Education Secretary Betsy DeVos is hardly known for being a wordsmith. More often than not, when she speaks she ends up putting her foot in her mouth. DeVos seems to have learned her lesson to some extent as she now answers most questions by saying, “I’ll have to check on that” or “I’m not aware of that.” Anything to avoid having another controversial statement in the headlines. These Betsy DeVos quotes are so illogical (and just plain wrong) that they’ll seriously piss you off.
1. On Preventing School Shootings
School shootings are out of control in this country, but there has yet to be a solution put in place. Remember when Republicans decided it would be a good idea to have armed security guards on campuses? Well, DeVos seemed to think this was common practice when she said:
I will refer back to Sen. Enzi and the school he is talking about in Wyoming. I think probably there, I would imagine there is probably a gun in a school to protect from potential grizzlies.
Umm, not exactly. The school had fences to keep the bears out, but they definitely don’t walk around armed with the kind of weapon that would be needed to take down a grizzly.
2. On Larger Class Sizes
In a pathetic attempt to defend a 10 percent cut to federal education spending budget, DeVos started spewing nonsensical and just plain wrong facts about what makes for effective learning. She actually tried to argue that having fewer teachers in schools and larger class sizes would improve our public schools saying:
Students may be better served by being in larger classes if by hiring fewer teachers, a district or state can better compensate those who have demonstrated high ability and outstanding results.
Obviously, there are no reports to back any of this up. On the contrary, research has found that smaller class sizes and more one-on-one time with an instructor increases learning.
3. On Cutting Student Loan Aid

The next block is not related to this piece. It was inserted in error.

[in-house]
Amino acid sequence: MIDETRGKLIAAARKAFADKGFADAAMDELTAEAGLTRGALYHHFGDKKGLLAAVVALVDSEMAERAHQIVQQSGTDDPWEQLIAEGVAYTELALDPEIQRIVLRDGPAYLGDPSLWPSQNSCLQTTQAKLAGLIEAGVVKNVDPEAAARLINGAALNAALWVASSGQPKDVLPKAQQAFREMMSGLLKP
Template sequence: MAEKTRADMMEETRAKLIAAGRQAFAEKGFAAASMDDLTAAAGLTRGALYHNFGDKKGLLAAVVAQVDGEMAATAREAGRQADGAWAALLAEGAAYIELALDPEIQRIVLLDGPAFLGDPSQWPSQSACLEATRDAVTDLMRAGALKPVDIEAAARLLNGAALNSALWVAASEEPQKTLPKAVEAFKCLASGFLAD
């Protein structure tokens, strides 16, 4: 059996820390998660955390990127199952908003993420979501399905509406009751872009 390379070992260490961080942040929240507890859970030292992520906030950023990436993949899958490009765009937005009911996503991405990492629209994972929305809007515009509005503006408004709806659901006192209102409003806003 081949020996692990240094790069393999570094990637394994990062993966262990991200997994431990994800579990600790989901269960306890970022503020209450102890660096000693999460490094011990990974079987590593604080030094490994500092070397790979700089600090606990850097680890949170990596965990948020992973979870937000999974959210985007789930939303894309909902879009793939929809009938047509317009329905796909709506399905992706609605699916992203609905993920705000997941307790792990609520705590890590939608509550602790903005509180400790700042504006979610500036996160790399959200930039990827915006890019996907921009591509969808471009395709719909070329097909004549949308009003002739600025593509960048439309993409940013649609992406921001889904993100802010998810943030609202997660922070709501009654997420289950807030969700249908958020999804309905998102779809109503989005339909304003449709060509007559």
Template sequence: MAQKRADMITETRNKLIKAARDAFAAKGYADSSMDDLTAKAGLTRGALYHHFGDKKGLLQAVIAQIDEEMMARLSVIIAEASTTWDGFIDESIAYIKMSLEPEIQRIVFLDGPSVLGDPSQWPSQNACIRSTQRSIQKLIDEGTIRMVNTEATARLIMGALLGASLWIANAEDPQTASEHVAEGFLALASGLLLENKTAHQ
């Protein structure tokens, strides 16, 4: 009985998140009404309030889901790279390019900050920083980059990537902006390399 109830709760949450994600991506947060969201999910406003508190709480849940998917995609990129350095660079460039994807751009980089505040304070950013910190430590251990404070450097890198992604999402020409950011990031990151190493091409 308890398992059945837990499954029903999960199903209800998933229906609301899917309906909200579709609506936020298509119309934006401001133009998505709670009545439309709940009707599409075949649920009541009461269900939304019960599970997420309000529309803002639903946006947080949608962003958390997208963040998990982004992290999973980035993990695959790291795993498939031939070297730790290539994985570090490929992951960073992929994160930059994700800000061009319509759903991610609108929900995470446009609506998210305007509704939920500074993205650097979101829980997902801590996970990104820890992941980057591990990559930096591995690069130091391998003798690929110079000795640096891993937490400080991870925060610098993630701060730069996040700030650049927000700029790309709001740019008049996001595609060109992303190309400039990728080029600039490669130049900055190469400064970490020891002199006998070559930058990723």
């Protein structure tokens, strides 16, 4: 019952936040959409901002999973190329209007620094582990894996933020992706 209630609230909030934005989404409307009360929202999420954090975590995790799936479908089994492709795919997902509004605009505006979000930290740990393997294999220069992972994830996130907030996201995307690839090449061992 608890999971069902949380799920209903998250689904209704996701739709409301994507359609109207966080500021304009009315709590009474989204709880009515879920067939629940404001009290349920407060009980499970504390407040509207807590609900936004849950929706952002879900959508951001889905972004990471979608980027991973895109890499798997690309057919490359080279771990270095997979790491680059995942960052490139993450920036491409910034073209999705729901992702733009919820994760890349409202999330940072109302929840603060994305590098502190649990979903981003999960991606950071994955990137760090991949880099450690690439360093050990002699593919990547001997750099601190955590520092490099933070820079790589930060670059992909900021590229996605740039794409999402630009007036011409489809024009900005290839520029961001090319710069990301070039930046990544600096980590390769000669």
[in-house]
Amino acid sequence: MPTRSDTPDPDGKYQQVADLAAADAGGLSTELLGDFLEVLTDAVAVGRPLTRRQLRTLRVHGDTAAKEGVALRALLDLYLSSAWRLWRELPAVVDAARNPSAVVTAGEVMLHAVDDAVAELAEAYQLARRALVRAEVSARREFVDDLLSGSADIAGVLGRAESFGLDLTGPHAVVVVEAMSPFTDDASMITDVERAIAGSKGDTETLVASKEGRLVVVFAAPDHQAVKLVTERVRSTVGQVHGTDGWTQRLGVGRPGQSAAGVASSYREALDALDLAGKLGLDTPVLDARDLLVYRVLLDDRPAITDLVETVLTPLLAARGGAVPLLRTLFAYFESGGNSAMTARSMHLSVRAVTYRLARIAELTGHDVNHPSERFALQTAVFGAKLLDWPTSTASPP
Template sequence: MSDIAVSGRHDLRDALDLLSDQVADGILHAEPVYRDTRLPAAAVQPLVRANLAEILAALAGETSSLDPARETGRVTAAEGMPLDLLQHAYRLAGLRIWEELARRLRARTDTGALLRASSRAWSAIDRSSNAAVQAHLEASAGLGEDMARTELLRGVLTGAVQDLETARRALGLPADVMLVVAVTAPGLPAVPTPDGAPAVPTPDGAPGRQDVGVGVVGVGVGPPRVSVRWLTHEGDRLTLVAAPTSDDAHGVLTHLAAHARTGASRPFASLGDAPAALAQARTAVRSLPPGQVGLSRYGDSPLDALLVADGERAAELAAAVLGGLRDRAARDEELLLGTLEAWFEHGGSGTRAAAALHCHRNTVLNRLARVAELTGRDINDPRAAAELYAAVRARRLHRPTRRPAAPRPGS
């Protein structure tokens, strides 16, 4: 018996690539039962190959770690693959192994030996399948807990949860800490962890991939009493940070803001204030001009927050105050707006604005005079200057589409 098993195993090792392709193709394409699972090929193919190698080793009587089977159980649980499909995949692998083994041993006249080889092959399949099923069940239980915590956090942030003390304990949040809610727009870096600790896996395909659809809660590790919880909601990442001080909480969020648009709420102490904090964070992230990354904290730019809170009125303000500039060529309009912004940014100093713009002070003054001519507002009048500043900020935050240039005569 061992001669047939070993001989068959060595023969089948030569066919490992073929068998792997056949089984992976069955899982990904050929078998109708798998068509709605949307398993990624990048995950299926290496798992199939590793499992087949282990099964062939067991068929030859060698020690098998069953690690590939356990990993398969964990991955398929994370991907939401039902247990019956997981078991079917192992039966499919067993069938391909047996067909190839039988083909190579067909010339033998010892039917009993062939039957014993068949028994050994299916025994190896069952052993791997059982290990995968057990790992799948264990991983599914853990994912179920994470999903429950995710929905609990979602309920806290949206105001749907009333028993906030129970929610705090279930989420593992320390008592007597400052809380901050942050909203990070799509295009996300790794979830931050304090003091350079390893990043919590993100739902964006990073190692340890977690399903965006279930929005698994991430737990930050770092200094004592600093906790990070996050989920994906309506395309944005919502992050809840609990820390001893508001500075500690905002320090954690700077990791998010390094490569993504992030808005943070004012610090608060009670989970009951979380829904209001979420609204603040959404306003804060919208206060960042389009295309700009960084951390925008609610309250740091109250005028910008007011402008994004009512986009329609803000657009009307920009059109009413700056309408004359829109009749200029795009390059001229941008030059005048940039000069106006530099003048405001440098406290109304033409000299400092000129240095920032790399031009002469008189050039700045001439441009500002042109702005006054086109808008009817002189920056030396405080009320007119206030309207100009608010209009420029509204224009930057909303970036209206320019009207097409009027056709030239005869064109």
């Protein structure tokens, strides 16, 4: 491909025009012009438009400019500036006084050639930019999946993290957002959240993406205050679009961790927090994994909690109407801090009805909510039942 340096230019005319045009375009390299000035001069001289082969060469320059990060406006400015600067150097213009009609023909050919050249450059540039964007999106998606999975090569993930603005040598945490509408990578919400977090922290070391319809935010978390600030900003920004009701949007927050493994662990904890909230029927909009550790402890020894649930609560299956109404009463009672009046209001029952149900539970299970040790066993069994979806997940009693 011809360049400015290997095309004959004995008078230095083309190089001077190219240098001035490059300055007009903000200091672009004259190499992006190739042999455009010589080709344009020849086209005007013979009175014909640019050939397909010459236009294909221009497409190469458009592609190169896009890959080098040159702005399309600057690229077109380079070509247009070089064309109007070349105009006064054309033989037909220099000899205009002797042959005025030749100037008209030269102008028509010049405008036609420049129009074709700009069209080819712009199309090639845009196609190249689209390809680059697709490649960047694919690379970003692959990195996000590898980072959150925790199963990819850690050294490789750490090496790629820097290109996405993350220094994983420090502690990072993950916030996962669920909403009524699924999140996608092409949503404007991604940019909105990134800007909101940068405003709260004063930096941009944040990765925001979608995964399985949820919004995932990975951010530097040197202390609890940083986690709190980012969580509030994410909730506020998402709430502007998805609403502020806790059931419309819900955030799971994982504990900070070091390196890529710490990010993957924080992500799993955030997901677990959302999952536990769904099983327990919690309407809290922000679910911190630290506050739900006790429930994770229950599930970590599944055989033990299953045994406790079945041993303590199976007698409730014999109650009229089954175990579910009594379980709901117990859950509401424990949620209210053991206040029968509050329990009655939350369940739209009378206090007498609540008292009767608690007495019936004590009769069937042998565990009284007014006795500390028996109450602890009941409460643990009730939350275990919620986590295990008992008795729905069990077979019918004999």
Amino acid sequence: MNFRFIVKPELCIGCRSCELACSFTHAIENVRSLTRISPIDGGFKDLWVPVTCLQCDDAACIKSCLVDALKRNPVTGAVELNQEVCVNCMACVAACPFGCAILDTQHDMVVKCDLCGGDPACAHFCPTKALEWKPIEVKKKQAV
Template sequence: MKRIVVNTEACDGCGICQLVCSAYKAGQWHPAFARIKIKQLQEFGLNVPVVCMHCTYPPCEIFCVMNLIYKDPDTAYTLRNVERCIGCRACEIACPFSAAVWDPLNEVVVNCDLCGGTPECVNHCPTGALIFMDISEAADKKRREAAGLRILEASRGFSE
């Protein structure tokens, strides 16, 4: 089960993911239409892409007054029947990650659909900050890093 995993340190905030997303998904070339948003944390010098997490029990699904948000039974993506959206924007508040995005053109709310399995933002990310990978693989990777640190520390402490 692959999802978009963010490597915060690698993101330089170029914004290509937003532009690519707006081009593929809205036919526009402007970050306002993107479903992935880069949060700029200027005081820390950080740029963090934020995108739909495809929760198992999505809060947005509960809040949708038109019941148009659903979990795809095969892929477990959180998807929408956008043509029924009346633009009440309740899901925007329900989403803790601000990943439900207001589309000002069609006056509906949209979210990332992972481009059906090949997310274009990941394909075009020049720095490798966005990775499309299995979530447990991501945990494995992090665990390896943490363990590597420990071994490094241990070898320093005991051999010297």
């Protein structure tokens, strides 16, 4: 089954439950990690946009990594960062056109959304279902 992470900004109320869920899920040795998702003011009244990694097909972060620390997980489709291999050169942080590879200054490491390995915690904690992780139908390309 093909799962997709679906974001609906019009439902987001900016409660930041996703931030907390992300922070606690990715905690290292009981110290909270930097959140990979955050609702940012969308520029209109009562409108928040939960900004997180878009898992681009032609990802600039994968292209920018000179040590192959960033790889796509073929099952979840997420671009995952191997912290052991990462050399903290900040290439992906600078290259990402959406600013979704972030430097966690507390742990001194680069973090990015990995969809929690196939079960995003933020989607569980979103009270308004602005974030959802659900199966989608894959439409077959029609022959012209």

If you’re a millennial, then you know just how overwhelming student loans are. Not only did you go to college after tuition costs jumped to astronomical amounts, but lenders decided to take advantage of this by offering impossible to pay loans to a bunch of teenagers. Student loan forgiveness programs are garbage, leaving most of us drowning in debt, but that wasn’t good enough for DeVos. She decided cutting student loan aid was the best way to lend us a hand. DeVos explained her decision by saying:
While students should have protections from predatory practices, schools and taxpayers should also be treated fairly as well. Under the previous rules, all one had to do was raise his or her hands to be entitled to so-called free money.
Free money? I wouldn’t call being lied to about loan programs, harassed for payments at home and work, and astronomical interest rates free. Also, it’s next to impossible to receive student loan forgiveness and requires much more than raising a hand to attempt. As the Secretary of Education, DeVos should really be aware of these things. However, an ethics report revealed that DeVos has ties to a student loan debt collection firm that have led many people to question her judgment.
4. On Privatizing Public Schools